Some friends, known since youth, joined gangs, fraternities, rotary clubs, professional associations or workers unions.
A few became “garagistes.”
According to French lore, garagistes, or garage winemakers, began producing, well, vins de garage in the 1990’s. They were reputed as slightly edgy, streaked with rebellious tendencies and prone to wander far from any pack. They produced (or procured) grapes to produce low-yield, small volume wines produced with new oak.
Consider Château Valandraud, in Bordeaux, France. This one hectare (2.5 acre) plot of vines produced such superior low-quantity wine that, in the eyes of wine critic Robert Parker – it ranked higher than the famed Pètrus wine for quality. In the 1990’s word of this silent rebellion spread to the Ribera del Duero in Spain, then to Australia. California garagistes, though previously unlabeled, had been producing such wines since the 1980s, with cult labels including Screaming Eagle and those from Harlan Estate.
What made these bottle desirable, and pricey?
The answer is simple: their lack of availability, uniqueness and quality.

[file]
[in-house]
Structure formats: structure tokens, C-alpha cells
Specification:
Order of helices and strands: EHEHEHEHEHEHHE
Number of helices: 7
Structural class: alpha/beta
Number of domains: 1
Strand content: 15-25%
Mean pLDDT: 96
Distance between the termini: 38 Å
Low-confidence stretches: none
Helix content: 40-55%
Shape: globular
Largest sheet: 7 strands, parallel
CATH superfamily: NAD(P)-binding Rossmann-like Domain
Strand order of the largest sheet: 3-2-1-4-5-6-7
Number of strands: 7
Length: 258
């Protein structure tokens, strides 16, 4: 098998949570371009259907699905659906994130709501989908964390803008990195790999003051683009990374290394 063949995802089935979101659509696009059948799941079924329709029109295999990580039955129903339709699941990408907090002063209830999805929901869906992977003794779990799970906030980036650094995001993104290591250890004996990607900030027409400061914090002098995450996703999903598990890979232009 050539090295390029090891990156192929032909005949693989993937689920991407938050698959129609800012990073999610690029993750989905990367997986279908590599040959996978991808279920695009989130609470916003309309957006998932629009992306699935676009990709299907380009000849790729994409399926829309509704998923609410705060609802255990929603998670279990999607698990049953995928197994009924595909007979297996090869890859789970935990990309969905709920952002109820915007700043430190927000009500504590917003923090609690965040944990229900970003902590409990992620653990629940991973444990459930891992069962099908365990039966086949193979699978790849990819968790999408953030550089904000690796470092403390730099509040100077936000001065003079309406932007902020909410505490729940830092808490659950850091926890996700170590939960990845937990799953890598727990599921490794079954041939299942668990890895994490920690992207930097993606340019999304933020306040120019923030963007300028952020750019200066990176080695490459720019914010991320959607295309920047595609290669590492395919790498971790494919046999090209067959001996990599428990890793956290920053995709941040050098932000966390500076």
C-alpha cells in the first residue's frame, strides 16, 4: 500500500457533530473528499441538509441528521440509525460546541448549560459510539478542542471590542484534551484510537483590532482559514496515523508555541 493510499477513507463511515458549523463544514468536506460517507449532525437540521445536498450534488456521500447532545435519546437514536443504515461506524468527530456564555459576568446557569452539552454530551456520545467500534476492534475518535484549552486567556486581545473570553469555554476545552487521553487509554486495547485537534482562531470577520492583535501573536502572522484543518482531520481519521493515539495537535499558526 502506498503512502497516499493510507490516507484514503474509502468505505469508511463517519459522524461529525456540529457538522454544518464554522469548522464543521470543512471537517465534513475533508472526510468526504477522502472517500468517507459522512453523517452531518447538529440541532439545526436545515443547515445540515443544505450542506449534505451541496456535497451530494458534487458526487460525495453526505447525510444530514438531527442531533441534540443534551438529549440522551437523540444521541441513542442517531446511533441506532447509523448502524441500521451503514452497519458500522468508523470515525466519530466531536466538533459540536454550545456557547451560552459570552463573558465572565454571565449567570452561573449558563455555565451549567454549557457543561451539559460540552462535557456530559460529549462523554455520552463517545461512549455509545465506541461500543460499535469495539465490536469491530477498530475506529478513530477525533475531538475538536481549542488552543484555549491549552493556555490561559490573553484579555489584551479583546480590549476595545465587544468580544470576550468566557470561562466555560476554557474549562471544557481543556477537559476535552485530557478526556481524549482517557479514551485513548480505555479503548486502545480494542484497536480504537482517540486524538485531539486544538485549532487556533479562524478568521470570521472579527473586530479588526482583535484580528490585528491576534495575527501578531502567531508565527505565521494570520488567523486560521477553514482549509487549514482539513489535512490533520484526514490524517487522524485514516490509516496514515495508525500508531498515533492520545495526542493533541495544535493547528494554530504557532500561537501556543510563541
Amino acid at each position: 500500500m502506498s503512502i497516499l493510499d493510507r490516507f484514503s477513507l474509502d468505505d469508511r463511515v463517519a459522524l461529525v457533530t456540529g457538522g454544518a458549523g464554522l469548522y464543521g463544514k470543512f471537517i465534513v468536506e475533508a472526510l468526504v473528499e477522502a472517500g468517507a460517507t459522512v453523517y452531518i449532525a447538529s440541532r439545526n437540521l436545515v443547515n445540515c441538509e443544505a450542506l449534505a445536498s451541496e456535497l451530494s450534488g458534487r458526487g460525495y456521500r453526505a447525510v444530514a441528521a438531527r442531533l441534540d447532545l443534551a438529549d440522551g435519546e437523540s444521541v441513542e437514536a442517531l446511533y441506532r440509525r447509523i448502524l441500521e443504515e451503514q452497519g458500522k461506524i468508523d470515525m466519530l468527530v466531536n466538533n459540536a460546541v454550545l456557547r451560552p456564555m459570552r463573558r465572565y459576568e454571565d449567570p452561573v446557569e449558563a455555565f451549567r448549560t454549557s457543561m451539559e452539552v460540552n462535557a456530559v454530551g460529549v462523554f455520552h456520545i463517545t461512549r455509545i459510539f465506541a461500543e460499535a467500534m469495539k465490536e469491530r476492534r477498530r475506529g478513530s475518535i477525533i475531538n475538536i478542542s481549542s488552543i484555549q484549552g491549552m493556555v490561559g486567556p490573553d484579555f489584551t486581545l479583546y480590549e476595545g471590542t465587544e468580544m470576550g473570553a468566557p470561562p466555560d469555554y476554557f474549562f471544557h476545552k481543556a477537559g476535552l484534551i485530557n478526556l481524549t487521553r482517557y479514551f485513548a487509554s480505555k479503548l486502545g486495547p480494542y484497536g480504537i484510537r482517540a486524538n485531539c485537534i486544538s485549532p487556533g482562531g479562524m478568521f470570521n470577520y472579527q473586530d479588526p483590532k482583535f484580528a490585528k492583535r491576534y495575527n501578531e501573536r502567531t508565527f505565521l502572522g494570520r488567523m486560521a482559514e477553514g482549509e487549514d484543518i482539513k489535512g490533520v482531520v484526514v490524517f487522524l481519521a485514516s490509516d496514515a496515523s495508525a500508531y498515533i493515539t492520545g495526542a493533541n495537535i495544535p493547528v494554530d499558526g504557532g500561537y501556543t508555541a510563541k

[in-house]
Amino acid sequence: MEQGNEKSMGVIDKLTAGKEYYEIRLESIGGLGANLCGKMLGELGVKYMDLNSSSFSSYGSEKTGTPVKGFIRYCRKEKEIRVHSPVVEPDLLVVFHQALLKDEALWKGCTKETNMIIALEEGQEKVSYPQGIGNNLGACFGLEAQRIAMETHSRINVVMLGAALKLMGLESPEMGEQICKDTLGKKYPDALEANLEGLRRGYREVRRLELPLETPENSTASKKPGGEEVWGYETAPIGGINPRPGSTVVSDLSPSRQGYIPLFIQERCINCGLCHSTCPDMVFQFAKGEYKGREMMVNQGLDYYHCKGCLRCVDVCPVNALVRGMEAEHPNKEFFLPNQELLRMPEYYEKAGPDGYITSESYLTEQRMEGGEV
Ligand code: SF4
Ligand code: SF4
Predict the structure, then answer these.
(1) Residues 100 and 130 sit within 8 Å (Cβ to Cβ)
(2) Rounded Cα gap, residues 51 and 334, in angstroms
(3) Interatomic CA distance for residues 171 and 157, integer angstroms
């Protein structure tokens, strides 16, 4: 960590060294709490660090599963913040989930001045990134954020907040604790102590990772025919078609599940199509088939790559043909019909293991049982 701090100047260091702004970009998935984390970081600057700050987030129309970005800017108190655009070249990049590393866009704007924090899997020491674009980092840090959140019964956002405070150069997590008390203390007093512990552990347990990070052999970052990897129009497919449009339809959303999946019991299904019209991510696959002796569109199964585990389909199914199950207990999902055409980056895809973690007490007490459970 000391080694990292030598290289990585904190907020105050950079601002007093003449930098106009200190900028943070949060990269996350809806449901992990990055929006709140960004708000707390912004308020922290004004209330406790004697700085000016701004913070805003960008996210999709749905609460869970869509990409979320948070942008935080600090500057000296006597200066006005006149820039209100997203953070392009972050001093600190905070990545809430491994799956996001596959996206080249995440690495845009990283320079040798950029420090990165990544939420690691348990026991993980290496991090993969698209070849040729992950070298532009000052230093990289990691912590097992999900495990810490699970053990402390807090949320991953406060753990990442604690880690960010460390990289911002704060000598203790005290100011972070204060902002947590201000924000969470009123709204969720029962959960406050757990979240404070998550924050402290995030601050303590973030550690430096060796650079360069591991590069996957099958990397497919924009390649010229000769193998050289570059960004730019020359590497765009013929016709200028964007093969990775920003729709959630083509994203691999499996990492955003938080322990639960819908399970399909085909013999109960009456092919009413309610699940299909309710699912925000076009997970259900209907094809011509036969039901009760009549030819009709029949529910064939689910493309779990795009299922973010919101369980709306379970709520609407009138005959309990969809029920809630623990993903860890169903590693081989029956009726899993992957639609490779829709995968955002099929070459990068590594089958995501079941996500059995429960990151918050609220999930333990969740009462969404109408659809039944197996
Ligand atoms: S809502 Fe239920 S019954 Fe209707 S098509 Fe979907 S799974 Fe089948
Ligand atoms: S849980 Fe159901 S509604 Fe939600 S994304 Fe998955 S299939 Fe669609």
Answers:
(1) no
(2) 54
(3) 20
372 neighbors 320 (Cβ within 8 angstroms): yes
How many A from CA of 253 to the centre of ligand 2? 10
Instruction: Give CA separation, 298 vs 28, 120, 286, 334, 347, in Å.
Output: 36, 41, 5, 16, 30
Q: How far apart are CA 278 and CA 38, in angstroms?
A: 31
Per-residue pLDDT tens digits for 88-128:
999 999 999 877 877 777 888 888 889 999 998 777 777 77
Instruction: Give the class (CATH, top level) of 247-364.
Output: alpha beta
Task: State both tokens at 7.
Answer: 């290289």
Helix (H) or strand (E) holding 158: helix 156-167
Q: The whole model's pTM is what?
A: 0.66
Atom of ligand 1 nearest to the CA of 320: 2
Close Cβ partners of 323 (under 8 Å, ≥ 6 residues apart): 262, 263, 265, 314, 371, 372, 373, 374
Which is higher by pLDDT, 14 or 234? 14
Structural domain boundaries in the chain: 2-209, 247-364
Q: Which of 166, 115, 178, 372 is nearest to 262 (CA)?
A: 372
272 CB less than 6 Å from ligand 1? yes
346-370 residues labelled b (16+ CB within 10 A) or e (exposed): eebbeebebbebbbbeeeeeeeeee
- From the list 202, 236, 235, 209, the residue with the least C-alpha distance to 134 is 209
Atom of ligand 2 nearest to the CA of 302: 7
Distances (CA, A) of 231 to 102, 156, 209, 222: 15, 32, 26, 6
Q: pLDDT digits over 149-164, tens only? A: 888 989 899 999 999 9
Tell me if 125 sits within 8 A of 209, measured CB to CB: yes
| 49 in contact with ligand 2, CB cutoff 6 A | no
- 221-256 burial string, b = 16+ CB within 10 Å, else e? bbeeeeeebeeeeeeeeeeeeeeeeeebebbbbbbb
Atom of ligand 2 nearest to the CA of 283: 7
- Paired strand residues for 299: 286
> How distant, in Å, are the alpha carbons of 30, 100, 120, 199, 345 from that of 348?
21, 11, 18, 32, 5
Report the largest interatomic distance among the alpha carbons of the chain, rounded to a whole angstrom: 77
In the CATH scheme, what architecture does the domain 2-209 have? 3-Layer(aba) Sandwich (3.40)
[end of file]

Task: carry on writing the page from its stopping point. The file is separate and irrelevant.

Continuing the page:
Ah, the lure of exclusivity.
Today the term garagiste refers to individuals who produce limited wines, often doing much labor themselves. They rarely have links to large capital investment or deep pocketed wealth, are not beholden to traditional beliefs and are often wary of predominant mindsets. They are as much entrepreneurs as agriculturalists.
They brought bottles to a recent gathering at Sheep Ranch in the Sierra Nevada foothills of California (as well as their rosé). The red was wonderful – layered, complex, excellent with food, and the rosé crisp and delicious.
At the same gathering, Richard and Diane Steinberg from Los Altos brought their own bottles – including Syrah grown on their own acres using 19th century plantings from the Barossa Valley of Australia. Again, superb taste and professionally executed – balanced, full, well crafted.
To be honest, many wines I tasted after sampling these garagiste wines – bottles from professional winemakers in California – were surprisingly blunt in comparison. I found the handcrafted wines – honed from years of experience – to be a treat because they had an edge of individuality, and were not crafted to suit mainstream market tastes.
The point? When traveling, sample local wines when possible but also don’t be afraid to venture to a friend of a friend who produces small quantity, little known wine. I once tasted low volume Merlot produced by relatives of my nephew’s wife, Iris, in Italy – in the freezing cold weather of winter outside the shed where it was made. It was superb. Fortunately, Iris and her husband Malachi labeled the wine, then served it at their wedding.
Thanks for tuning in to this site again. My latest Forbes post includes a reason why spending time at LAX international airport terminal might actually be enjoyable.